Lately there have been several media reports stating that an increase in interest rates is not a matter of if, but when.
Debt levels in Canada and the U.S. are rising and anyone paying interest on their debt is bound to be affected.
Here’s how I would recommend someone could change their finances to deal with a rise in interest rates.
Consumer debt is something many of us have but none of us want.
It’s usually the highest interest rate people pay on the money they owe and it will only get worse if interest rates rise.
I’ve never had any consumer debt but if I did, I would start putting more money towards paying it off when interest rates increase. Even if rates didn’t rise, I’d still want to pay it off first because it’s already expensive compared to other types of debt.
The interest on a student loan is deductible, but the interest on the loan for a new home theater system is not.
If interest rates went up by 1% I would start by allocating a greater percentage of my monthly income towards paying off the debt. For example, if I started the year by setting aside 10% of my monthly income I may consider bumping it up to 15-20% if rates went up.
Of course the difference would have to come from somewhere so I’d take a look at my monthly budget and see where I could find the savings. Some of the possibilities are monthly cable, travel costs, vehicle costs, spending less on groceries – anywhere I could cut down my monthly spending to make up the difference. In some cases it may be as simple as dining out less or spending less at the cafeteria for lunch.
In the past week I’ve received a couple emails from readers asking why I listed some reasons to avoid a 5 year fixed rate mortgage when rates could rise in the future.
There’s no disputing the security that a fixed rate mortgage offers, but it comes with a price; and in the large majority of cases a 5 year fixed rate mortgage is the most expensive option. Fixed rate mortgages have been more expensive than variable rate mortgages about 90% of the time in the past 25 years. Whether that will continue is anyone’s guess.
My mortgage is up for renewal this year so I’ll be paying close attention to interest rates.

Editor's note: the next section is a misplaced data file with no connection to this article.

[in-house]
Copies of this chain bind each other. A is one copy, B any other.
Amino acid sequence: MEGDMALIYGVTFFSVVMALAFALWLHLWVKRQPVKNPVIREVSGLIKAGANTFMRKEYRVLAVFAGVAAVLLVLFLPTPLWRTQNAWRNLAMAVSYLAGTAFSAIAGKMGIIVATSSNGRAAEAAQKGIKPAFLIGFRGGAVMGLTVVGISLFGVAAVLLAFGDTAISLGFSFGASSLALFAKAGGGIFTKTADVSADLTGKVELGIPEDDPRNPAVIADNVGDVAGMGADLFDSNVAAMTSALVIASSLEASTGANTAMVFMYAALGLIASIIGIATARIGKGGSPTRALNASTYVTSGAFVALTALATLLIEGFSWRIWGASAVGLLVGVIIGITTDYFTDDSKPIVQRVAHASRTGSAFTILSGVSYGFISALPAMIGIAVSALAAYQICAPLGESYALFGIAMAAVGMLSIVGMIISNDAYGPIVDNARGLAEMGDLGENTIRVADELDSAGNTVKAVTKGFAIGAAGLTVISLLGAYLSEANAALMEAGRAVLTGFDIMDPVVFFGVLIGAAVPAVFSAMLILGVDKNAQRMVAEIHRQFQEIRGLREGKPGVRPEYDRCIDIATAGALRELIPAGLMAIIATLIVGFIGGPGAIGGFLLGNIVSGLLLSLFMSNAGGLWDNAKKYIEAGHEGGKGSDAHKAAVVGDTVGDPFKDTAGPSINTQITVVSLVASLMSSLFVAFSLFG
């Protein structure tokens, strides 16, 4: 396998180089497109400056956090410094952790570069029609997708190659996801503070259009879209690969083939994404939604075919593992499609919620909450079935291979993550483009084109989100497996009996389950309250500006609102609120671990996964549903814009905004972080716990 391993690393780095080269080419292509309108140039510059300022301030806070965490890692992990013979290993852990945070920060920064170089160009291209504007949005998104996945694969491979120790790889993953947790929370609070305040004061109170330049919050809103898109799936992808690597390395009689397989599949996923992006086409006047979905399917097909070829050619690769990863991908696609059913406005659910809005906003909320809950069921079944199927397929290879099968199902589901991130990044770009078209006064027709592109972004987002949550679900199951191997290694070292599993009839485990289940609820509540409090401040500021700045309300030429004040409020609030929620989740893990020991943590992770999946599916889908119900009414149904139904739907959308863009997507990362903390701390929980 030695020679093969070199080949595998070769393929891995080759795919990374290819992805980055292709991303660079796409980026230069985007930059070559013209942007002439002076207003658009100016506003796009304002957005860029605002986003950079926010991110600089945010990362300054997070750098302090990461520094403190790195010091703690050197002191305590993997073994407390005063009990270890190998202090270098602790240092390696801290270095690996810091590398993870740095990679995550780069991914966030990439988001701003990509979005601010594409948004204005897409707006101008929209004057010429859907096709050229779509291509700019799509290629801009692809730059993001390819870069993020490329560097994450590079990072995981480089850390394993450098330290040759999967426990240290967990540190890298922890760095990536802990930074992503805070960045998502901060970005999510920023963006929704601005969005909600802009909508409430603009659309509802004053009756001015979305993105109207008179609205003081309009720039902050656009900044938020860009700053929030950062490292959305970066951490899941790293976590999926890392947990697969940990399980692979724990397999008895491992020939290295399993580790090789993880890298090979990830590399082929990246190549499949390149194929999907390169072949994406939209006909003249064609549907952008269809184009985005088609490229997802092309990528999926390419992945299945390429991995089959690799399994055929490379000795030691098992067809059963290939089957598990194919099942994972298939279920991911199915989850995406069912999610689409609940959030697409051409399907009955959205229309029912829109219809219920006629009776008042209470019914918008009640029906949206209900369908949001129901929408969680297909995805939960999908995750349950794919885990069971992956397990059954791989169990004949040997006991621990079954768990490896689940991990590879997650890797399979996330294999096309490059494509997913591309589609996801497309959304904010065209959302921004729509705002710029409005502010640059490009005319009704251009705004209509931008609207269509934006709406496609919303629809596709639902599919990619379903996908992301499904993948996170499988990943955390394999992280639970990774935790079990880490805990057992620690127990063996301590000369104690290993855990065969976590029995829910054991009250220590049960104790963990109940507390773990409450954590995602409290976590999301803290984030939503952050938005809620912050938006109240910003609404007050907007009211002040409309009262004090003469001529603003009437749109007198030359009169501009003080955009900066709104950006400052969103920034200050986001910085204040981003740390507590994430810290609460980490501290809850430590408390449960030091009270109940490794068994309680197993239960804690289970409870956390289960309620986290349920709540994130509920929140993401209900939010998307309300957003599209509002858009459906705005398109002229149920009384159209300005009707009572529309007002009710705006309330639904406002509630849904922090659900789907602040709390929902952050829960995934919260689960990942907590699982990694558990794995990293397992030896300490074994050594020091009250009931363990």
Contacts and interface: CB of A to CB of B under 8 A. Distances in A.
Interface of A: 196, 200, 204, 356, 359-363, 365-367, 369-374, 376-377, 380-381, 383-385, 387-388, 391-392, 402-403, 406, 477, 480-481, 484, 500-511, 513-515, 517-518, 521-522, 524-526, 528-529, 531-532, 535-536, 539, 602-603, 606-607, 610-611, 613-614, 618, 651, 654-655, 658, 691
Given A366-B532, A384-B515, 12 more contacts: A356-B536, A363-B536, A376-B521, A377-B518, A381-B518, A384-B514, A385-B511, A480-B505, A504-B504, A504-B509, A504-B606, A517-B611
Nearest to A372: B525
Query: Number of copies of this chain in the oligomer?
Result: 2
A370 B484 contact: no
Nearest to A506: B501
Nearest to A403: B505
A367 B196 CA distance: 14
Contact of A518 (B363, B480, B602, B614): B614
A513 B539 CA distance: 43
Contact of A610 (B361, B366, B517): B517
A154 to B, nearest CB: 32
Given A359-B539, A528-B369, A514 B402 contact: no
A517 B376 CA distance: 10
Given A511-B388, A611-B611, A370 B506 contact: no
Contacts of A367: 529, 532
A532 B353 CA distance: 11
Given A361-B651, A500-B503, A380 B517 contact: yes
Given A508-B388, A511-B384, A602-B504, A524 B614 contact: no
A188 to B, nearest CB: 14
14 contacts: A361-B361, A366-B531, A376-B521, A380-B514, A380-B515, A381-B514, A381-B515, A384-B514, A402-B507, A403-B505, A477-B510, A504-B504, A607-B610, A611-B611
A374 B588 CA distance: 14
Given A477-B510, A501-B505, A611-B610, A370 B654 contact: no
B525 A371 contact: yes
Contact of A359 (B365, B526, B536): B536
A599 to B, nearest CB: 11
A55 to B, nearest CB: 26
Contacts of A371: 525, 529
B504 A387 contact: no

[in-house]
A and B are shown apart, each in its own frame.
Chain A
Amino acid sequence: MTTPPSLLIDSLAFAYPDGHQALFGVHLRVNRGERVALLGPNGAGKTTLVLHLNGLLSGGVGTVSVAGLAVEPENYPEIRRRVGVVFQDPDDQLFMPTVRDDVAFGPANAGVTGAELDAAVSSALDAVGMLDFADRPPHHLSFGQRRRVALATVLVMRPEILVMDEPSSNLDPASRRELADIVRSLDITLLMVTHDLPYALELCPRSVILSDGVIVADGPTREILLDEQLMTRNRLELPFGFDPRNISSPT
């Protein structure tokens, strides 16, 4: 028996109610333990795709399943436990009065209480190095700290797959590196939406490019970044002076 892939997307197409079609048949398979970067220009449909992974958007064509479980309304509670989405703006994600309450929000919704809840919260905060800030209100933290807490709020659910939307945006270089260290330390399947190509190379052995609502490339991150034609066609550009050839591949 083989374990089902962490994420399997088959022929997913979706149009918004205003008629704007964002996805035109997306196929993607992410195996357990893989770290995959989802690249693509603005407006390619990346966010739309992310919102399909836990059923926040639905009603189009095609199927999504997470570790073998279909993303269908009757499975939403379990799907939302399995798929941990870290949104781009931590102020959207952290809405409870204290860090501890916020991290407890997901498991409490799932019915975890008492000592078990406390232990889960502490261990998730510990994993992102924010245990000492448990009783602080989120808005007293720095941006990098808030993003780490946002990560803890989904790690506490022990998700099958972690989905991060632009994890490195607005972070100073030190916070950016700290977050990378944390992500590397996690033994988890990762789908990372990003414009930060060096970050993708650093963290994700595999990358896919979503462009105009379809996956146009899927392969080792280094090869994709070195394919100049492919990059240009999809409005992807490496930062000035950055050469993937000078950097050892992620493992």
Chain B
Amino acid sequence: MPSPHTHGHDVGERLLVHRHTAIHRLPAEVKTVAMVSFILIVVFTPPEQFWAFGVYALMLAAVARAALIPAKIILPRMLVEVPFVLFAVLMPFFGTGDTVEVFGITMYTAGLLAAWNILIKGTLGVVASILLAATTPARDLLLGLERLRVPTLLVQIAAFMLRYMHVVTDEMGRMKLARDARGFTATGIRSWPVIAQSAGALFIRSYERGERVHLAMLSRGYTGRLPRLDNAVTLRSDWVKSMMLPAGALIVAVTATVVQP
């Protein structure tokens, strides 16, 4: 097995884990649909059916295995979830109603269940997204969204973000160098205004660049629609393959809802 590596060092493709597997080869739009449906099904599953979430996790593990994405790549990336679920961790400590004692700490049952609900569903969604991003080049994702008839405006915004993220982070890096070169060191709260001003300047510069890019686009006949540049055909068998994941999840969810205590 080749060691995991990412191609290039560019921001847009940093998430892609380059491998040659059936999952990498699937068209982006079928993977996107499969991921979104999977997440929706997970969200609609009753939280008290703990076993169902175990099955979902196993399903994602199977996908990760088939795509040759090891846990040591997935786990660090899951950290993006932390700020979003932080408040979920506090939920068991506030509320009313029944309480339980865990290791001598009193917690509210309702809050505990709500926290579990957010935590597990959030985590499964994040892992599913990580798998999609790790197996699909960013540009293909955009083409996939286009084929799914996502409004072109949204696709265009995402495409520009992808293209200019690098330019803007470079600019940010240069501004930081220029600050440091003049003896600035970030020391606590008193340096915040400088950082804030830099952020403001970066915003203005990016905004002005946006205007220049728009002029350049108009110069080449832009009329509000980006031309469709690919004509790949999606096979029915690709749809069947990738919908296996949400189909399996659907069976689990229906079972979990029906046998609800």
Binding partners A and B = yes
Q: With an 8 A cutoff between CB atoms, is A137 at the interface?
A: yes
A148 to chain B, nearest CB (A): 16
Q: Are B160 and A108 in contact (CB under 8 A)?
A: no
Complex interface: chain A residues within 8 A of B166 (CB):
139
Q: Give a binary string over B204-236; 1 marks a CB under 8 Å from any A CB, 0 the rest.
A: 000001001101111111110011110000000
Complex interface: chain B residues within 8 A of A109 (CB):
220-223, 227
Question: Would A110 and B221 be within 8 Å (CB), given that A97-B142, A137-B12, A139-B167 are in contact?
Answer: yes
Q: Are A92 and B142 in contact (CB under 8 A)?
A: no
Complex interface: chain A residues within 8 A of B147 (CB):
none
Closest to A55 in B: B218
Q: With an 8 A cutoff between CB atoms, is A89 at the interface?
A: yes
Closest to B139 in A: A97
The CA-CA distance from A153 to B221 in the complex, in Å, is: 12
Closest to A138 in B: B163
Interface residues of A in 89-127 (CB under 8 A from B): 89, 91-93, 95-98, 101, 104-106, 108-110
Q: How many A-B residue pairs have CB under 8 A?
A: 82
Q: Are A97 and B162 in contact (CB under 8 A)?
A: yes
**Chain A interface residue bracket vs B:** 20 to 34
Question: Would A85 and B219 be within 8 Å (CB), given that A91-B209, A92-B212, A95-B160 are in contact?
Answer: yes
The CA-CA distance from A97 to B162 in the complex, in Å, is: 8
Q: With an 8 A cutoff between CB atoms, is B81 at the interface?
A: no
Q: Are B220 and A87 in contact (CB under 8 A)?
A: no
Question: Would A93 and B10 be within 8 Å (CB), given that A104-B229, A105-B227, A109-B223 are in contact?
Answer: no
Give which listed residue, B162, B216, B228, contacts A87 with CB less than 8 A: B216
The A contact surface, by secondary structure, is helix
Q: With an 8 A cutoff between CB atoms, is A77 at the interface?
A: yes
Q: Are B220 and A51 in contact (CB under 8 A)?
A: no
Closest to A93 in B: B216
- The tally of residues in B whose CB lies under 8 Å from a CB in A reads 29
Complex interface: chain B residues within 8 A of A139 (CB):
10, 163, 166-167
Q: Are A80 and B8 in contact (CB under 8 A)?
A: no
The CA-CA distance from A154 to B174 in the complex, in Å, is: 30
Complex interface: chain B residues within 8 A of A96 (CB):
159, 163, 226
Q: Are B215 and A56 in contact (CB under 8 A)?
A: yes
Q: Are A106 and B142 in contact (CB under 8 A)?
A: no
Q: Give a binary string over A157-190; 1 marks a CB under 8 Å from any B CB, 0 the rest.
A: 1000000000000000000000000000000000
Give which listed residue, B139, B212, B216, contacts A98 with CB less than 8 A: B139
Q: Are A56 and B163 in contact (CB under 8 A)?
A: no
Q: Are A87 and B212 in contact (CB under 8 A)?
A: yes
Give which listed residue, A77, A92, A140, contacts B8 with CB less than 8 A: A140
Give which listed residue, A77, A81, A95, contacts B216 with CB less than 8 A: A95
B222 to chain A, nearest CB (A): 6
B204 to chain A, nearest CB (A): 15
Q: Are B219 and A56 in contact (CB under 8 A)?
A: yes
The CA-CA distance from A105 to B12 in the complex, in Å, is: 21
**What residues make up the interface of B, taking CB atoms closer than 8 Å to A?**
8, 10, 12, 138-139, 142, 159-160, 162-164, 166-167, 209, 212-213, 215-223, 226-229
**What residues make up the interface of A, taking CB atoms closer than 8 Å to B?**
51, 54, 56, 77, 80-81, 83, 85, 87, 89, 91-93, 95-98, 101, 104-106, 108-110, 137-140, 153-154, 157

If rates do increase I will likely go with a variable rate or 2-3 year fixed rate with favorable mortgage terms. A variable mortgage would give me the option to lock in a fixed rate at any time without penalty.
Related: How to Reduce Your Mortgage Penalty
Ideally I would want the option to increase my monthly payments so that I could put more money towards the mortgage in case rates rise.
The higher the rate increase, the more money I plan on putting towards the mortgage principal. The difference will likely come from the money I set aside each month for investing.
It makes more sense to invest rather than pay down a mortgage if the rate of return is higher than the interest savings. Of course this would change if interest rates rise and paying down the mortgage principal will become more of a priority for me if interest rates do rise.
Related: Mortgage Basics Everyone Should Know
Big Ticket Purchases
I don’t have any large purchases planned this year but if I did, an increase in interest rates would make me think twice about borrowing money for my purchases.
If I was planning on borrowing to pay for a large purchase like a basement renovation or vehicle and interest rates increased, I would want to calculate the total cost (including all interest). Many people only look at the cost of the item without factoring in the interest costs, which only get bigger the more time the loan is paid off.
Since the total cost would increase with a rise in interest rates I would want to save more to borrow less – reducing my overall interest costs.
Again, this money would have to come from somewhere so I would have to look at reducing other monthly expenses to save more for the purchase.
Conclusion: No one knows if/when interest rates will rise but it’s important to be ready if they do. A rise in interest rates would change my monthly spending so that I would avoid paying more interest. I’d focus more on paying off consumer debt, allocate more money towards my mortgage principal and delay large purchases so I could avoid paying more interest.
How would a rise in interest rates affect you?